INDIANAPOLIS, May 11 (UPI) -- It appears success in the Indianapolis 500 has come easily for Helio Castroneves, but his pole-winning performance in Sunday's qualifying came in the most difficult of conditions.
With cold temperatures and high wind gusts buffeting the cars around the 2.5-mile oval, Castroneves was able to run his fastest laps of the month to put his Marlboro Team Penske Dallara/Toyota on the pole with a four-lap average of 231.725 miles per hour.
"When Helio got up this morning, it was so windy he didn't think he could pass a rookie test -- that's how bad the wind was," said team owner Roger Penske, who scored his record 12th career Indy 500 pole to go along with a record 12 victories.
"But we checked with the airport weather office and saw that it was going to be dry all day, so rather than go out in conditions we didn't like, we decided to wait."
Penske Racing played the waiting game and Castroneves was able to set the car up to the adverse conditions. Castroneves put together consecutive laps of 231.673 miles per hour followed by 232.215, 231.486 and 231.529 for a four-lap average at 231.725.
"It just seems that this place, all the time, seems to be good for me," Castroneves said. "This is the place to take a chance. The result shows how hard I worked to get here. This is an incredible place and I couldn't be happier today.
"It's one of the happiest days in my life. That's why I'm crying. These moments are what I'll never forget. This moment is very special for me."
Castroneves knocked his boyhood pal, Tony Kanaan, off the pole. Kanaan, driving for Andretti/Green Racing, ran a four-lap average of 231.006 mph in a Dallara/Honda. He also got revenge one day after Kanaan put a birthday cake in Castroneves' face during a television interview on the driver's 28th birthday.
"Don't get me angry," Castroneves said of Kanaan with a laugh. "We were watching those other guys try to deal with the windy conditions and Gil de Ferran and I both agreed, let's not watch this, let's watch cartoons."
While the windy conditions were enough to frighten the more fearless of drivers, Castroneves was able to have the machismo when it mattered the most. Robby Gordon, another driver for Andretti/Green Racing, was third with a four-lap average of 230.205 mph to round out the first row.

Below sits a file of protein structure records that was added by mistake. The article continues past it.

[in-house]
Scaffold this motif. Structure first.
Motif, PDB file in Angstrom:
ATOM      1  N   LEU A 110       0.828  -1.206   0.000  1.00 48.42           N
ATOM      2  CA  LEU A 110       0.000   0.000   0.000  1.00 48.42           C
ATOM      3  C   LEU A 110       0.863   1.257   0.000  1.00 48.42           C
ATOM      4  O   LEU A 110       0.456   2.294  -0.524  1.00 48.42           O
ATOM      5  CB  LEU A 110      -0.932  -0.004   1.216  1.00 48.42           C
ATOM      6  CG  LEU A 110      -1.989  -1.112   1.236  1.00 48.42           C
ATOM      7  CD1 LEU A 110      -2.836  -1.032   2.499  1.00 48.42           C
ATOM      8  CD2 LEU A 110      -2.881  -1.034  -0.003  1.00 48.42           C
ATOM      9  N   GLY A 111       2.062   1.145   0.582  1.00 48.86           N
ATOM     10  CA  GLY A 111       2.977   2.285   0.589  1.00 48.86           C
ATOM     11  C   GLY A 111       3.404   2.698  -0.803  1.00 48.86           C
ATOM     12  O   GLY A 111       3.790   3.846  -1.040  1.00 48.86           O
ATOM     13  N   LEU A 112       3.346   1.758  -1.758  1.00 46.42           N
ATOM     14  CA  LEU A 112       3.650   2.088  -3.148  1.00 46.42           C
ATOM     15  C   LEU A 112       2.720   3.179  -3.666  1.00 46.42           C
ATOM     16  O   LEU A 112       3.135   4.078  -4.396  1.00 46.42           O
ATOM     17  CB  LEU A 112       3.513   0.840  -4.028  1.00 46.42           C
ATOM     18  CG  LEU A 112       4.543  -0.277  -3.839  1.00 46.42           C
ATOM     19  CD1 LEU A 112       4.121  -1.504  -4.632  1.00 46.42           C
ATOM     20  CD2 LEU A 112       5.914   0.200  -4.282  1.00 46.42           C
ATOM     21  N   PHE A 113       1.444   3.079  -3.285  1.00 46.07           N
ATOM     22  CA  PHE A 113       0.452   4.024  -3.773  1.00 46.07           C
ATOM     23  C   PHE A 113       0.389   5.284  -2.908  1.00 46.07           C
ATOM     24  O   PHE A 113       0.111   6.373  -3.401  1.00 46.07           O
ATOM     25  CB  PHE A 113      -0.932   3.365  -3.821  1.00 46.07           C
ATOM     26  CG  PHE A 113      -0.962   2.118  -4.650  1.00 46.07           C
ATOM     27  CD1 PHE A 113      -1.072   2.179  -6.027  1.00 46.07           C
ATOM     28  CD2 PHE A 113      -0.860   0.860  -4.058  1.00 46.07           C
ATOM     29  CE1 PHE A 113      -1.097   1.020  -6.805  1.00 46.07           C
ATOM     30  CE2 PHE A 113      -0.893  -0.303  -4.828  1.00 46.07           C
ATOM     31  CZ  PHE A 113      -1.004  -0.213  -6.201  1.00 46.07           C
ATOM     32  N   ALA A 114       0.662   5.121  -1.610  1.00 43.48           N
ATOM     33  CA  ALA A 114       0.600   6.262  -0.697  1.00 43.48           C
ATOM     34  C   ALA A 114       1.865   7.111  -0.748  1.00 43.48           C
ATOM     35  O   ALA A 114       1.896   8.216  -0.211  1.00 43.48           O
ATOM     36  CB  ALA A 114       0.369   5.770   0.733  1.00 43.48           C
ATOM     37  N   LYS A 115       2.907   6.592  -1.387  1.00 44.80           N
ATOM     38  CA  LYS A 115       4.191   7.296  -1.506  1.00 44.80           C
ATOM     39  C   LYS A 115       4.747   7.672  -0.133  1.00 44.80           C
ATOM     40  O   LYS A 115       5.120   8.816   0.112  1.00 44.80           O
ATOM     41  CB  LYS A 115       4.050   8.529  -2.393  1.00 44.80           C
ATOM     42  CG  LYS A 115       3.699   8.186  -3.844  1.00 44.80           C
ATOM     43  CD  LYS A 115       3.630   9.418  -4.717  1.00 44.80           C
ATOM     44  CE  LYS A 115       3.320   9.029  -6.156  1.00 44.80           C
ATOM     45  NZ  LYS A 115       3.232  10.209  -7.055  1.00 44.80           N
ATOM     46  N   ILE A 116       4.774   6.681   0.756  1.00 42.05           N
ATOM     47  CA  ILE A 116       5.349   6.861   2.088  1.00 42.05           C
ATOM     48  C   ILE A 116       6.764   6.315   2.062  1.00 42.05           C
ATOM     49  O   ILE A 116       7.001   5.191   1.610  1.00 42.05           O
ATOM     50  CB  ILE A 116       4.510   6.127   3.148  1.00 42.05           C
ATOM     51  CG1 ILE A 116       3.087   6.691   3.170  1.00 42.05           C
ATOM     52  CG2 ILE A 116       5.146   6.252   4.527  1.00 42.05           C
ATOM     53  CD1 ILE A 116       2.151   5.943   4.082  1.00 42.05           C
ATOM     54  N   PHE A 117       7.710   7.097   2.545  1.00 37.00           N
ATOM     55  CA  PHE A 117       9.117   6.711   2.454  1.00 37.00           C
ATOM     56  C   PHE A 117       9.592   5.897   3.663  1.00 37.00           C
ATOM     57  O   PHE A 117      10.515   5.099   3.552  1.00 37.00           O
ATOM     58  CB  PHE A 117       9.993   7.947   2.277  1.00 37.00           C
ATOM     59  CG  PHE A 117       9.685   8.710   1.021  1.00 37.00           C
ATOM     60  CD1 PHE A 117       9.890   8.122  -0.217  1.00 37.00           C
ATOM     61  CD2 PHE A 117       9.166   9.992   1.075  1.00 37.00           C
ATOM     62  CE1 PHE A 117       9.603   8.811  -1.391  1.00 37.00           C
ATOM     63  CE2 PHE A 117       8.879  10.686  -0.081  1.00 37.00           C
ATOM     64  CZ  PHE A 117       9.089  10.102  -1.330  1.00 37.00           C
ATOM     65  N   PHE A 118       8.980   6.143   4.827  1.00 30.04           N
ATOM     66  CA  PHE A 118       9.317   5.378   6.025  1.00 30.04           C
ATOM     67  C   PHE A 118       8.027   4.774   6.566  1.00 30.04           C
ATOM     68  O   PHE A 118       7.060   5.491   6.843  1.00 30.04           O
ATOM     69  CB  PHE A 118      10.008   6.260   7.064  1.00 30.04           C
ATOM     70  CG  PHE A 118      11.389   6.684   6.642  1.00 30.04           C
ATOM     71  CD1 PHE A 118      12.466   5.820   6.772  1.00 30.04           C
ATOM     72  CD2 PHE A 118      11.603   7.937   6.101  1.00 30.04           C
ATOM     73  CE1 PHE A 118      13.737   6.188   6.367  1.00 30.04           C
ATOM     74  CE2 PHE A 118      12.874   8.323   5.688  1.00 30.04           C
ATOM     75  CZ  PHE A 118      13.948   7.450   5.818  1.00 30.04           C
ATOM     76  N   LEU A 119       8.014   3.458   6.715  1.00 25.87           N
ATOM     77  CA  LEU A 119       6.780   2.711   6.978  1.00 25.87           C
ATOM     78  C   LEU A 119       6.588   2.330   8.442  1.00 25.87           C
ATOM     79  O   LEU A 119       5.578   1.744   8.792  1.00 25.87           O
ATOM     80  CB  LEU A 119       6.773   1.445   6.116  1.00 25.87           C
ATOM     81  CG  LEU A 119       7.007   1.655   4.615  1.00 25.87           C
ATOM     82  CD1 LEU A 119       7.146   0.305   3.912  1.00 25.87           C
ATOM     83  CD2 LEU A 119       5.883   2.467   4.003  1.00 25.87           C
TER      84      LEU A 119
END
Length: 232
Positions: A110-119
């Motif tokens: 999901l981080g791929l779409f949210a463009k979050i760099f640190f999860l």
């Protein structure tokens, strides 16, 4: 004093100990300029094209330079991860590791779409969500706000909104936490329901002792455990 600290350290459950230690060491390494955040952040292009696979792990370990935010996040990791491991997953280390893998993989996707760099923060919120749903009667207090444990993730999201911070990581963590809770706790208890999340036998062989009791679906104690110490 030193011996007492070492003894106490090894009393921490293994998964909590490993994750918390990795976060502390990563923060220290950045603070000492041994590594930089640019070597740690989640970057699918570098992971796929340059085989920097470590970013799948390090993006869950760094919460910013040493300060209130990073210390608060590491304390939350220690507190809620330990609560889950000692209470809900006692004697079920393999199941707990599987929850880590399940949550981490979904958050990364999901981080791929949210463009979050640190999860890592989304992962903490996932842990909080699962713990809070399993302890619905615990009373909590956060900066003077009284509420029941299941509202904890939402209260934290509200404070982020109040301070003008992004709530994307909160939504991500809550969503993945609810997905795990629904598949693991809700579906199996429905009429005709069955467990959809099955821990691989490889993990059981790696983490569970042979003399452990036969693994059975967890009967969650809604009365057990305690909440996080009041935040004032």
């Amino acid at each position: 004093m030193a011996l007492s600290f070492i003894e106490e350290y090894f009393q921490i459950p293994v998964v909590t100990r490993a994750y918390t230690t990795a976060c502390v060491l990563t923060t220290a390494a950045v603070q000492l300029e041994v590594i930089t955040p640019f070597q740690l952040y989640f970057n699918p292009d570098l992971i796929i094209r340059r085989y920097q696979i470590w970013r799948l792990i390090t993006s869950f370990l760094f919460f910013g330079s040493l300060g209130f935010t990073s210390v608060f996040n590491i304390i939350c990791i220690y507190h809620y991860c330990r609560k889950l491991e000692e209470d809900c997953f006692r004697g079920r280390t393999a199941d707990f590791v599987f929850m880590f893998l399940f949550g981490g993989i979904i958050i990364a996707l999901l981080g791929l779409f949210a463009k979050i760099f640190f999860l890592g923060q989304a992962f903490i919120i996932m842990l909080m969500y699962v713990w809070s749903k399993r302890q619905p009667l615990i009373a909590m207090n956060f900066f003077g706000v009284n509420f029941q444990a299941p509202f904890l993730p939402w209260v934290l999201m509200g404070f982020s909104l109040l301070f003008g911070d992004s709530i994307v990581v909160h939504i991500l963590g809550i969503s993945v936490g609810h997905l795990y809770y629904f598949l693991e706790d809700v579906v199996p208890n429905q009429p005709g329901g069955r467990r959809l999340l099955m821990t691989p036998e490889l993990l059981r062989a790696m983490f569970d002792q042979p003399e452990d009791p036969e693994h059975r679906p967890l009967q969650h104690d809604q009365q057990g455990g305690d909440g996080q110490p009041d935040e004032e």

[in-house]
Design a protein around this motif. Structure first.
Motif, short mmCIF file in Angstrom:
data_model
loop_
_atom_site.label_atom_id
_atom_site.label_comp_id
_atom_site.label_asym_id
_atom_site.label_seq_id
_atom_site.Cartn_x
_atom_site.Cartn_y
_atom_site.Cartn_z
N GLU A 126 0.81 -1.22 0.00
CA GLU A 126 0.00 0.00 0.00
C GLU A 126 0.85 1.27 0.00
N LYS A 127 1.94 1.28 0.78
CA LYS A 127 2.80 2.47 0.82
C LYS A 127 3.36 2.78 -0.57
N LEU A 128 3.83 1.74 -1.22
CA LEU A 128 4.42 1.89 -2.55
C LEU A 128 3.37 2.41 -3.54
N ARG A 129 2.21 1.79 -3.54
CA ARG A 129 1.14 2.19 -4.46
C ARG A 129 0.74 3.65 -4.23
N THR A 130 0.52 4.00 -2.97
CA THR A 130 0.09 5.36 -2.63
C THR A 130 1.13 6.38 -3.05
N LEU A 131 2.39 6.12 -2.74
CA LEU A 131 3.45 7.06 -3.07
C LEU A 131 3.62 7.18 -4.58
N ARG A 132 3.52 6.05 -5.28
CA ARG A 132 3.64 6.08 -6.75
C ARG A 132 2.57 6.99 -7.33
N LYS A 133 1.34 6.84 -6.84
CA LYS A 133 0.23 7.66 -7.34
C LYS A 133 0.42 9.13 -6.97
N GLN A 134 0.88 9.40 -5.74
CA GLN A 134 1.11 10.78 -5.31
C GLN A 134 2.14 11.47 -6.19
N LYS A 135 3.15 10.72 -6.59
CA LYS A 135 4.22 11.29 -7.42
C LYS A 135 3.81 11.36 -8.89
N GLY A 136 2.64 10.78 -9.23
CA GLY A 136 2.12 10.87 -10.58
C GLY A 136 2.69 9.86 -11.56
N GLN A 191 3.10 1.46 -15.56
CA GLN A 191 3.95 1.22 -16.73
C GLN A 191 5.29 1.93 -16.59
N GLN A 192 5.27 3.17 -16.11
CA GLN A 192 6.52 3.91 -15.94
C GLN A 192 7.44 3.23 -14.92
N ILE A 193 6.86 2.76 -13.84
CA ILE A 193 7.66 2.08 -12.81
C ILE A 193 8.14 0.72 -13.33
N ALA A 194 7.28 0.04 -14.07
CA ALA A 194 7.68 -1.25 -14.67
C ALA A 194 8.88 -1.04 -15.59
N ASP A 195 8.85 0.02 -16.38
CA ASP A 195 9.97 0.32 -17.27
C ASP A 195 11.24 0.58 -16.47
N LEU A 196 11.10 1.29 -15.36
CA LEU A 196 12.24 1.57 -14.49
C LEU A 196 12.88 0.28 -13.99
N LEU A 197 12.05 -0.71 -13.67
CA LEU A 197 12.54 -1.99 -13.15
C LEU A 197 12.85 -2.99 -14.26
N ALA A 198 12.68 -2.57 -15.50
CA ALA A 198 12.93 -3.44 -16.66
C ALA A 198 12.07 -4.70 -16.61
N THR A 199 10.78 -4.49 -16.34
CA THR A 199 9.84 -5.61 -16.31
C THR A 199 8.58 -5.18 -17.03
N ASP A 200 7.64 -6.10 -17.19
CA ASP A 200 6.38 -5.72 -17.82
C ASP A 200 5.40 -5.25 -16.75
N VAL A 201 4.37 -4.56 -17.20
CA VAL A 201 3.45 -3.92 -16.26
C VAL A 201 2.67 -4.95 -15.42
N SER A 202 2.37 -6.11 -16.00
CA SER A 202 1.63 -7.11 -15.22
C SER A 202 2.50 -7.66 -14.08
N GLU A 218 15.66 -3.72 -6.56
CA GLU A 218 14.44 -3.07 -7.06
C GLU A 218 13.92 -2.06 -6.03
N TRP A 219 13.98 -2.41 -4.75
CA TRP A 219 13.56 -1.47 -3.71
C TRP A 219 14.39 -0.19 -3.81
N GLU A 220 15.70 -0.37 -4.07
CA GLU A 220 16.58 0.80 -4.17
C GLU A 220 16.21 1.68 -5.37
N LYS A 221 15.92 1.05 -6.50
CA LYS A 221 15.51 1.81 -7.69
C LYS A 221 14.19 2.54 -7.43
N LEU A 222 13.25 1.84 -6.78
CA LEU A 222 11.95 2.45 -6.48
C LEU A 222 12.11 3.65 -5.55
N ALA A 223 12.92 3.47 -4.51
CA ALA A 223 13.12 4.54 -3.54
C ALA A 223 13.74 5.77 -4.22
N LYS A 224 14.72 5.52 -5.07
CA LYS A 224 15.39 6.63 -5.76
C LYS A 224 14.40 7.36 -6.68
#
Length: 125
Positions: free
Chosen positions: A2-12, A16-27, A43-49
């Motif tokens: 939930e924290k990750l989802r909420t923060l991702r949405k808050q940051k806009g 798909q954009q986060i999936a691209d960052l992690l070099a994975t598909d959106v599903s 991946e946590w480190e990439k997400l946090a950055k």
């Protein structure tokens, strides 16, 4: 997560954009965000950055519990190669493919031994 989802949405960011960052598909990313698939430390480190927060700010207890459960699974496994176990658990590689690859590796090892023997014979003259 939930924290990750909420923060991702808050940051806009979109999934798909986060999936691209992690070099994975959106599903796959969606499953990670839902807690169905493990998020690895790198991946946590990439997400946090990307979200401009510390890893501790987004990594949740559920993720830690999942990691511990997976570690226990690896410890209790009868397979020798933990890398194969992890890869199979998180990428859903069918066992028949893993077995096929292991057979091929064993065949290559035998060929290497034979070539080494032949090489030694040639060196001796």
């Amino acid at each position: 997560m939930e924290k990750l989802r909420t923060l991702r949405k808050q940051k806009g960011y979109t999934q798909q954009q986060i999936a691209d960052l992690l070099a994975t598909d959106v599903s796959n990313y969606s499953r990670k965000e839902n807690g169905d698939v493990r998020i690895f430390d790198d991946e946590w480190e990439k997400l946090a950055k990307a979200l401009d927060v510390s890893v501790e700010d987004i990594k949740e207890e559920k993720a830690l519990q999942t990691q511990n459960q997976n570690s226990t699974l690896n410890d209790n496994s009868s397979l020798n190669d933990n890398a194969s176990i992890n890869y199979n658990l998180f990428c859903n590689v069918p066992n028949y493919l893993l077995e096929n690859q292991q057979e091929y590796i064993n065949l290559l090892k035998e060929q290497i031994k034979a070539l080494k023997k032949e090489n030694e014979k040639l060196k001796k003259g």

Twenty-four drivers qualified on Sunday for the 33-car starting lineup, leaving nine spots open for next Sunday's final round of qualifications.
Sarah Fisher is currently the slowest driver in the field with a four-lap average of 224.170 mph.
It was Castroneves's ninth career Indy car pole and his first at the Indianapolis Motor Speedway. Penske Racing has won from the pole five times at the Indianapolis 500, but it was the team's first Indy 500 pole since 1994 when Al Unser Jr. won both the pole and the race. That has put him in position to become the first driver in racing history to win the Indianapolis 500 three straight years from the most coveted starting spot on the grid.
"I remember my first year, we just wanted to put this baby in the grid," Castroneves said of his first race here in 2001. "The following year, we were able to try to attempt for the pole, we didn't get it. This year, we were just trying to work patiently ourselves to get a good speed, and all of a sudden we end up on pole."
Even after he had put his car on the pole earlier in the qualifications, Kanaan knew that with the two Penske cars yet to qualify, that it wasn't time to celebrate the biggest pole of his career.
"Penske's still out there," Kanaan said. "They're going to be tough to beat. And especially, I know those two guys really well, and they're not going to hold anything back."
Kanaan's suspicions were right as Marlboro Team Penske used their understanding of the weather conditions and how it affects the ever-changing condition of the Indianapolis Motor Speedway oval to put Castroneves on top of the huge scoring pylon that is a Speedway landmark.
"I think the key what we did today is to have a team and a driver that are patient," said Penske Racing president Tim Cindric. "It takes a lot of patience to sit there and watch the weather go by, watch these guys put their numbers on the board and wonder when it's going to be your turn. Really, that was the biggest thing for us, just tweaking the car a little bit at a time, then deciding when it was the right time to go."
The right time was at 5:36 p.m. EDT, when Castroneves wheeled his Dallara/Toyota onto the track with 58 degree temperatures and winds blowing at 26 miles an hour.
"You have to have a guy you have confidence in, especially on a day like today," Cindric said. "The more you run the more risk you take. To have the confidence that he'll keep the thing off the fence when you get ready for this, and know your team has the other car ready to go, really gives you the confidence to go hang it out there and see what happens."
Cindric admitted with such diabolical weather conditions, the team actually thought "let's get this thing in the show and go home."